The memo provides background, breaks down the problem and identifies the significance of any new information. Then it suggests a possible direction. A well-written briefing paper can influence the recipient and shape policy
Avoid jargon, and don't use big words just to impress.
Explain Why You're Writing
The opening paragraph should tell the reader why you're writing the memo, why a decision needs to be made and what your recommendations are.
This briefing note covers the need to protect confidential data from the newly discovered Red Dagger vulnerability. Foreign hackers are actively exploiting Red Dagger to access Social Security numbers, birth dates and other information they can use in identity thefts. The weakness needs to be fixed immediately.
Provide Some Background
Most issues don't spring up out of nowhere. The background paragraphs should explain how the problem you're addressing developed, going into more detail than the opening. The level of detail and which details you include should reflect who you're writing to. If the issue is nuclear contamination, a scientist might want technical specs, while a health official will be more interested in the risk to the public. A stakeholder's main concern might be how media coverage will affect the organization.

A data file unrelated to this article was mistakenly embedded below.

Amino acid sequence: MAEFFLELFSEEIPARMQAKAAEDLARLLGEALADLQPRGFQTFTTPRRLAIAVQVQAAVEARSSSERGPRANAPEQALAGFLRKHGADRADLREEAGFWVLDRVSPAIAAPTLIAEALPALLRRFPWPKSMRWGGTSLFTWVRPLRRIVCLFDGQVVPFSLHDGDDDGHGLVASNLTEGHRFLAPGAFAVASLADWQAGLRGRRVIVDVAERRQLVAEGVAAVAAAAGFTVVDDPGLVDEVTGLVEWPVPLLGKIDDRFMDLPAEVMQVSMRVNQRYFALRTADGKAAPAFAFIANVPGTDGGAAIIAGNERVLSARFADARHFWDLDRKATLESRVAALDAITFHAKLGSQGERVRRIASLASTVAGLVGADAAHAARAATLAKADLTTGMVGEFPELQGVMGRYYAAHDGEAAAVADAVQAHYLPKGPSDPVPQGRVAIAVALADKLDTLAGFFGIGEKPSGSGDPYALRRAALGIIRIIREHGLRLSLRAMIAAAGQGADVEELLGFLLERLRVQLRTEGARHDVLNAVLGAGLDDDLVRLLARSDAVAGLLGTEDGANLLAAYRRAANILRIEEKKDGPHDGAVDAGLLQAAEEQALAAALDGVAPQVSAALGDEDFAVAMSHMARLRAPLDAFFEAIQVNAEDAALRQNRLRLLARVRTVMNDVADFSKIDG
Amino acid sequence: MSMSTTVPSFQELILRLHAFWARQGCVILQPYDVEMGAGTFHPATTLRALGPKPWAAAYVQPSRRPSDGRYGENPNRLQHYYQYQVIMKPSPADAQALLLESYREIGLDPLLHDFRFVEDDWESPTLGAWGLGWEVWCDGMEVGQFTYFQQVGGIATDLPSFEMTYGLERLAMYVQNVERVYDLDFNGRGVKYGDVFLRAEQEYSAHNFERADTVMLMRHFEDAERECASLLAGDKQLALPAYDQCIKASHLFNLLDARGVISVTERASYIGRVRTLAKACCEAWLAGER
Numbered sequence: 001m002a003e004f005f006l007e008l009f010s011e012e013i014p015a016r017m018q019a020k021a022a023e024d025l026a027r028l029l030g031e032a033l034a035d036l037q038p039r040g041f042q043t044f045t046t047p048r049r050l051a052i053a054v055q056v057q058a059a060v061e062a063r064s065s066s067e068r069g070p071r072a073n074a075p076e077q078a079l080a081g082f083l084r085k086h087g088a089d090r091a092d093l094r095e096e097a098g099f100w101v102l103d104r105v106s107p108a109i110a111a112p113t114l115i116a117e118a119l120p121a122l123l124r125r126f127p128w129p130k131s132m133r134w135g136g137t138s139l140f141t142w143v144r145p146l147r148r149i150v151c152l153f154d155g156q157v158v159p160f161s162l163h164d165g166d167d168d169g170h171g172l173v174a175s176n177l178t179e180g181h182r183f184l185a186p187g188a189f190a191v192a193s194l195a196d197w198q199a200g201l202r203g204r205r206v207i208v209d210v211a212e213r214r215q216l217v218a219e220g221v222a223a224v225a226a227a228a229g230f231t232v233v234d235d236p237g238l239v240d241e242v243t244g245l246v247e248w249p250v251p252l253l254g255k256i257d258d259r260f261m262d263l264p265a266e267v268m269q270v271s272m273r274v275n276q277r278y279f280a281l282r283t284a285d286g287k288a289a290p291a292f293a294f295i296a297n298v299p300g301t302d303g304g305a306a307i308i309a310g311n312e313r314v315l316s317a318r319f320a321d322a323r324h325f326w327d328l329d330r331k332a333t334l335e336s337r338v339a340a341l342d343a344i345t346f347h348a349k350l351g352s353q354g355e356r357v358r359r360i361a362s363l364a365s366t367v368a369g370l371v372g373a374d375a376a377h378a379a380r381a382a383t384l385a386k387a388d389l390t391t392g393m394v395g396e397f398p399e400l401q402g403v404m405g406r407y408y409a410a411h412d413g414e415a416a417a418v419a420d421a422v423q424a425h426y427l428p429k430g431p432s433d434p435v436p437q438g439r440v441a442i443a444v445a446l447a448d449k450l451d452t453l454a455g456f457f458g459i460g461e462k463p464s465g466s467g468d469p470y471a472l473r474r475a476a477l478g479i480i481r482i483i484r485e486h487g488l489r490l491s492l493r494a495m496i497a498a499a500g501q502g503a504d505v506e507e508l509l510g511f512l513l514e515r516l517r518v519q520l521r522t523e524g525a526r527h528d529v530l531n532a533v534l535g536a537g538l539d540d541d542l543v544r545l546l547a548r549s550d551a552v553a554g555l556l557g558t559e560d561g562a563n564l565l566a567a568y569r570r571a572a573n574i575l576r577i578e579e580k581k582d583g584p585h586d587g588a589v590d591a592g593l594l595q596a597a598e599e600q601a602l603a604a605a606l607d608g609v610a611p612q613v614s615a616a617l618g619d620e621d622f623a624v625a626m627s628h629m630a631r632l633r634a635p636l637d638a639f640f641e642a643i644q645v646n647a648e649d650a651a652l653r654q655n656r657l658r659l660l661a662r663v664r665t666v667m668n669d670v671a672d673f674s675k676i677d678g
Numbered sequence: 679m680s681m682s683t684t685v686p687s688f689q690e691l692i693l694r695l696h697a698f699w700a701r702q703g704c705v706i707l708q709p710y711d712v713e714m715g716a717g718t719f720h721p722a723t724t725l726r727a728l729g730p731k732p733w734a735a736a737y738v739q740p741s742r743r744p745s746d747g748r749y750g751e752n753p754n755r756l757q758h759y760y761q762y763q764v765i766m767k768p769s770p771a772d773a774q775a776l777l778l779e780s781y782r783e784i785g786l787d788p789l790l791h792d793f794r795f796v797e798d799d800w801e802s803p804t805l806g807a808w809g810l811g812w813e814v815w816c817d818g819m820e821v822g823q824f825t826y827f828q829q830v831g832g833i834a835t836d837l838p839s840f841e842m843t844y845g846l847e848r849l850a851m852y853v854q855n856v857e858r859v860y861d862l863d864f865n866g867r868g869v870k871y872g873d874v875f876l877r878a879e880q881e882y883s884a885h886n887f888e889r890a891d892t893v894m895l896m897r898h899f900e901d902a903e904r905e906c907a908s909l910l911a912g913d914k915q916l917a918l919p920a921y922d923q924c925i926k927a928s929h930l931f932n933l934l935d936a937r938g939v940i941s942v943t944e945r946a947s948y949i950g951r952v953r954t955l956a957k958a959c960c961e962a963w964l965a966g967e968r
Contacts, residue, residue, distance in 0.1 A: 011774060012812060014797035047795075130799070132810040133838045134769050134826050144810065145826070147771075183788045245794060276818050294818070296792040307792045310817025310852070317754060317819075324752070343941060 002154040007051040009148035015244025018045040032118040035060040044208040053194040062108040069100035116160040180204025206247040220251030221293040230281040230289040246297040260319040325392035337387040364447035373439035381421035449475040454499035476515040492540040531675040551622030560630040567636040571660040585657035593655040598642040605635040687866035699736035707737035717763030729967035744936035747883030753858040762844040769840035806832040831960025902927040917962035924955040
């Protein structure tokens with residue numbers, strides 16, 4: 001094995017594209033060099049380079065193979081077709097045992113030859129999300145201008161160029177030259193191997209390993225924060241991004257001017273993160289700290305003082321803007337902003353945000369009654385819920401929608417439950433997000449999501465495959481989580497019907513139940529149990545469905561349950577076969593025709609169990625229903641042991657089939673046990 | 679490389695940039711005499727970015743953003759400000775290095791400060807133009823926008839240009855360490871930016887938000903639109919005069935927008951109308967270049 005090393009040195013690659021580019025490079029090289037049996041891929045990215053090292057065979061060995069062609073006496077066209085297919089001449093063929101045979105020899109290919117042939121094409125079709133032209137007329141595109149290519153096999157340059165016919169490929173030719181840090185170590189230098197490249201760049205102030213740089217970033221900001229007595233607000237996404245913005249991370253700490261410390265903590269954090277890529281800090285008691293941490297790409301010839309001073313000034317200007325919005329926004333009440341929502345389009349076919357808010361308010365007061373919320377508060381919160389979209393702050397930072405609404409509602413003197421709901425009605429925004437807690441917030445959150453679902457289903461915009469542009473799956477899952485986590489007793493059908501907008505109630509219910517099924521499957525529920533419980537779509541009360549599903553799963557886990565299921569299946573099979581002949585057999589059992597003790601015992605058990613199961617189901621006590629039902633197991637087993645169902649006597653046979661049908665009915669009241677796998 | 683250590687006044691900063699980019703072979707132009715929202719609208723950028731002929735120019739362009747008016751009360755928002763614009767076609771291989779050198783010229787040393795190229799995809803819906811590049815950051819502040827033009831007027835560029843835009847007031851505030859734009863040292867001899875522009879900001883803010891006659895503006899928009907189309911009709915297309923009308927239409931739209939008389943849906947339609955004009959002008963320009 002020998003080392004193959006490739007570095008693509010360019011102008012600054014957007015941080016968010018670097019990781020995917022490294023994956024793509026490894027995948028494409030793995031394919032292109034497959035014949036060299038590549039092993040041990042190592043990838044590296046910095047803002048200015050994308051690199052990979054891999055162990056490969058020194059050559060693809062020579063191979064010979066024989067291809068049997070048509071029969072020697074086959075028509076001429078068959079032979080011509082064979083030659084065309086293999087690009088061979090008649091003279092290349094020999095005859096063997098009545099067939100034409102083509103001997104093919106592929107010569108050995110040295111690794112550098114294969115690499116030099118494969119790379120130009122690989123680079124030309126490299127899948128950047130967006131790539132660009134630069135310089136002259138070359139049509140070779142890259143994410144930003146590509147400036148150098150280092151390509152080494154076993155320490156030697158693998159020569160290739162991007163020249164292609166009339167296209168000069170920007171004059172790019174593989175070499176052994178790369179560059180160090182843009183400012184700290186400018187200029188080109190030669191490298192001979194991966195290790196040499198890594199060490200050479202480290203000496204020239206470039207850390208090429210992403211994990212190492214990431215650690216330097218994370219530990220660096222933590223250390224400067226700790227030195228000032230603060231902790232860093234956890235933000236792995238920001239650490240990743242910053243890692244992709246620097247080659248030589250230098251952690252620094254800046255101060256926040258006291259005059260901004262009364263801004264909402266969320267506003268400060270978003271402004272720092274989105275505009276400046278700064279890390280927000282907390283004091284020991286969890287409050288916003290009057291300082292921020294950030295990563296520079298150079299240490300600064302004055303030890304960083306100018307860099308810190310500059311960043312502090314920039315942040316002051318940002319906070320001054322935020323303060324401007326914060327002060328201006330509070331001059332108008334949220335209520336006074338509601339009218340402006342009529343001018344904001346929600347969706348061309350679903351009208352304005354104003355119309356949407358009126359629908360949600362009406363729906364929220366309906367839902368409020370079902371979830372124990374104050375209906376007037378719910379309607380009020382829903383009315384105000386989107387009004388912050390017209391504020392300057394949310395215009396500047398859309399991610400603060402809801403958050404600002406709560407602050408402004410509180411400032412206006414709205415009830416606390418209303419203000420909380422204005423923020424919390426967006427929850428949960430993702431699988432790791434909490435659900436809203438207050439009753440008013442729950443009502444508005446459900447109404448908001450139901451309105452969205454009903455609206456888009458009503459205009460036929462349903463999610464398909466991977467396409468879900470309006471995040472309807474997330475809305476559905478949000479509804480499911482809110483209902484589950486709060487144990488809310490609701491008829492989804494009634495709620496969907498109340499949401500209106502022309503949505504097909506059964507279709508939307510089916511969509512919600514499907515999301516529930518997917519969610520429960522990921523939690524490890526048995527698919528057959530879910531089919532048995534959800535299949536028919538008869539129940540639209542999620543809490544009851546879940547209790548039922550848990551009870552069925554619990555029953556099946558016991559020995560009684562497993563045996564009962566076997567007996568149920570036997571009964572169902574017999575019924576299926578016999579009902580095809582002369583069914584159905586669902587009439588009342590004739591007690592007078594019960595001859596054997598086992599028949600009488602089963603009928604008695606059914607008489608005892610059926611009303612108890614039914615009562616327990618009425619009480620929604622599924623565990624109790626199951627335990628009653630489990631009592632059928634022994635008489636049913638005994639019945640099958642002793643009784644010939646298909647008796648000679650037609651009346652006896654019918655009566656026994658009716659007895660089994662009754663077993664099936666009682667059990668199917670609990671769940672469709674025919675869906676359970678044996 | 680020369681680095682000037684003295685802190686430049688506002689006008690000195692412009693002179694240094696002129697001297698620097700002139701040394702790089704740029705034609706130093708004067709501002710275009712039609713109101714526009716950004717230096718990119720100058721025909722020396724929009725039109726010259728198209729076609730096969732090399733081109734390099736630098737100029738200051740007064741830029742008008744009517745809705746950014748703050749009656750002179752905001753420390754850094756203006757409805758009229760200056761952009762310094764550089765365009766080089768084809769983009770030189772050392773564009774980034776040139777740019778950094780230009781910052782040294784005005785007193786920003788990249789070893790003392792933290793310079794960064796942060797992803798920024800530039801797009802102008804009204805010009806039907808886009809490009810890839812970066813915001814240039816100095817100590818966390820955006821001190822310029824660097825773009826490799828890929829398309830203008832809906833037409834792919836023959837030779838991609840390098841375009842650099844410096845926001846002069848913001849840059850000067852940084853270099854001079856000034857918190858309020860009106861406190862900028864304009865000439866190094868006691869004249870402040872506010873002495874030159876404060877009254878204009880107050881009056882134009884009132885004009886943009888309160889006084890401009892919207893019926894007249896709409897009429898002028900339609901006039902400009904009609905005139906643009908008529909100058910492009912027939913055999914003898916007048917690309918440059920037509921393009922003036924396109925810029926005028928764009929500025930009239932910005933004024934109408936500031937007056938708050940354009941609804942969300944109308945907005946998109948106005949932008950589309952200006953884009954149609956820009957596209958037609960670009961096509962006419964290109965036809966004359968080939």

The toxic waste has leaked into the local reservoir, which provides water to 2.7 million residents. Initial estimates are that cancer and birth defect rates may quadruple over the next decade.
If the company doesn't take action to mitigate the damage and clean up the contamination, potential losses from liability claims could top $7 million.
Structure the Memo Logically
Writing a briefing paper isn't art, it's persuasion, designed to lead the reader to your recommended conclusion. All your paragraphs should relate to the subject at hand. Information should flow from paragraph to paragraph until you reach the end. The headings should identify the content of each section, with bullet points to break down itemized lists. When you reach the end of the memo, give your conclusion, restating your key points.